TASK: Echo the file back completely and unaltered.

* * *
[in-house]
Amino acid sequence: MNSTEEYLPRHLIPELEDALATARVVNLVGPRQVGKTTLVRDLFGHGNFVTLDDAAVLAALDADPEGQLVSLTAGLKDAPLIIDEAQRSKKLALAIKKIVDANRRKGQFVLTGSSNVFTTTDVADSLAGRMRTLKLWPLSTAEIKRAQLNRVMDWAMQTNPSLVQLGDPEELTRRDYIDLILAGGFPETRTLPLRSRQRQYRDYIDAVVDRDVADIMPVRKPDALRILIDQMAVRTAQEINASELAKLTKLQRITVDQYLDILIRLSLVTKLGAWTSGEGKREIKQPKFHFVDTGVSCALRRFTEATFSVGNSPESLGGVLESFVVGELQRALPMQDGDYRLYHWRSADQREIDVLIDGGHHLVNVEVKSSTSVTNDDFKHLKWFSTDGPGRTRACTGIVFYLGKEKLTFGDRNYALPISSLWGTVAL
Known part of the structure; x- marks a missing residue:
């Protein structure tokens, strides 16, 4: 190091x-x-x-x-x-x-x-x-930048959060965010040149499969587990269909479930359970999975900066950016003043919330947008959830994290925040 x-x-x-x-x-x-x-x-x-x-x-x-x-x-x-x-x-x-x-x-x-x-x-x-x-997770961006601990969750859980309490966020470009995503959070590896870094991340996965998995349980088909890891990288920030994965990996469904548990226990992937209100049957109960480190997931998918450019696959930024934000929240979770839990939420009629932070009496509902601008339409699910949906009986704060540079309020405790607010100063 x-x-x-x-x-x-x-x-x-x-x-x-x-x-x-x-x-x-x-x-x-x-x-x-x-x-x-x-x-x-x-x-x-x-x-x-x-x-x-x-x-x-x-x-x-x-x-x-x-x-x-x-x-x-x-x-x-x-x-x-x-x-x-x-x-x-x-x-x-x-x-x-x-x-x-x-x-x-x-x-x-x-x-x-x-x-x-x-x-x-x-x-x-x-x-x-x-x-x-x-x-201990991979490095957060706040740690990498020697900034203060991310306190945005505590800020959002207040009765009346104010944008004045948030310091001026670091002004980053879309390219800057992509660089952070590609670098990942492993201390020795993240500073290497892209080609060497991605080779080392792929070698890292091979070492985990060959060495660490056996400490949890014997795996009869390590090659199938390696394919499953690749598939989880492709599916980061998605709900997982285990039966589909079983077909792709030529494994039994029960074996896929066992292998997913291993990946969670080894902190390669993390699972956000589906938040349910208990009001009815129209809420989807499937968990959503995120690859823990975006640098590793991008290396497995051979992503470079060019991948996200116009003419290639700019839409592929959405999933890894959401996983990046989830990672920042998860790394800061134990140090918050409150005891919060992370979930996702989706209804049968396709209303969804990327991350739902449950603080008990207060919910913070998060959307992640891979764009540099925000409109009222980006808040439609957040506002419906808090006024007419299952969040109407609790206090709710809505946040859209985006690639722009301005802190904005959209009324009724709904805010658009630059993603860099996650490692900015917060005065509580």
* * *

[in-house]
Amino acid sequence: MNSTEEYLPRHLIPELEDALATARVVNLVGPRQVGKTTLVRDLFGHGNFVTLDDAAVLAALDADPEGQLVSLTAGLKDAPLIIDEAQRSKKLALAIKKIVDANRRKGQFVLTGSSNVFTTTDVADSLAGRMRTLKLWPLSTAEIKRAQLNRVMDWAMQTNPSLVQLGDPEELTRRDYIDLILAGGFPETRTLPLRSRQRQYRDYIDAVVDRDVADIMPVRKPDALRILIDQMAVRTAQEINASELAKLTKLQRITVDQYLDILIRLSLVTKLGAWTSGEGKREIKQPKFHFVDTGVSCALRRFTEATFSVGNSPESLGGVLESFVVGELQRALPMQDGDYRLYHWRSADQREIDVLIDGGHHLVNVEVKSSTSVTNDDFKHLKWFSTDGPGRTRACTGIVFYLGKEKLTFGDRNYALPISSLWGTVAL
Known part of the structure; x- marks a missing residue:
């Protein structure tokens, strides 16, 4: 190091x-x-x-x-x-x-x-x-930048959060965010040149499969587990269909479930359970999975900066950016003043919330947008959830994290925040 x-x-x-x-x-x-x-x-x-x-x-x-x-x-x-x-x-x-x-x-x-x-x-x-x-997770961006601990969750859980309490966020470009995503959070590896870094991340996965998995349980088909890891990288920030994965990996469904548990226990992937209100049957109960480190997931998918450019696959930024934000929240979770839990939420009629932070009496509902601008339409699910949906009986704060540079309020405790607010100063 x-x-x-x-x-x-x-x-x-x-x-x-x-x-x-x-x-x-x-x-x-x-x-x-x-x-x-x-x-x-x-x-x-x-x-x-x-x-x-x-x-x-x-x-x-x-x-x-x-x-x-x-x-x-x-x-x-x-x-x-x-x-x-x-x-x-x-x-x-x-x-x-x-x-x-x-x-x-x-x-x-x-x-x-x-x-x-x-x-x-x-x-x-x-x-x-x-x-x-x-x-201990991979490095957060706040740690990498020697900034203060991310306190945005505590800020959002207040009765009346104010944008004045948030310091001026670091002004980053879309390219800057992509660089952070590609670098990942492993201390020795993240500073290497892209080609060497991605080779080392792929070698890292091979070492985990060959060495660490056996400490949890014997795996009869390590090659199938390696394919499953690749598939989880492709599916980061998605709900997982285990039966589909079983077909792709030529494994039994029960074996896929066992292998997913291993990946969670080894902190390669993390699972956000589906938040349910208990009001009815129209809420989807499937968990959503995120690859823990975006640098590793991008290396497995051979992503470079060019991948996200116009003419290639700019839409592929959405999933890894959401996983990046989830990672920042998860790394800061134990140090918050409150005891919060992370979930996702989706209804049968396709209303969804990327991350739902449950603080008990207060919910913070998060959307992640891979764009540099925000409109009222980006808040439609957040506002419906808090006024007419299952969040109407609790206090709710809505946040859209985006690639722009301005802190904005959209009324009724709904805010658009630059993603860099996650490692900015917060005065509580």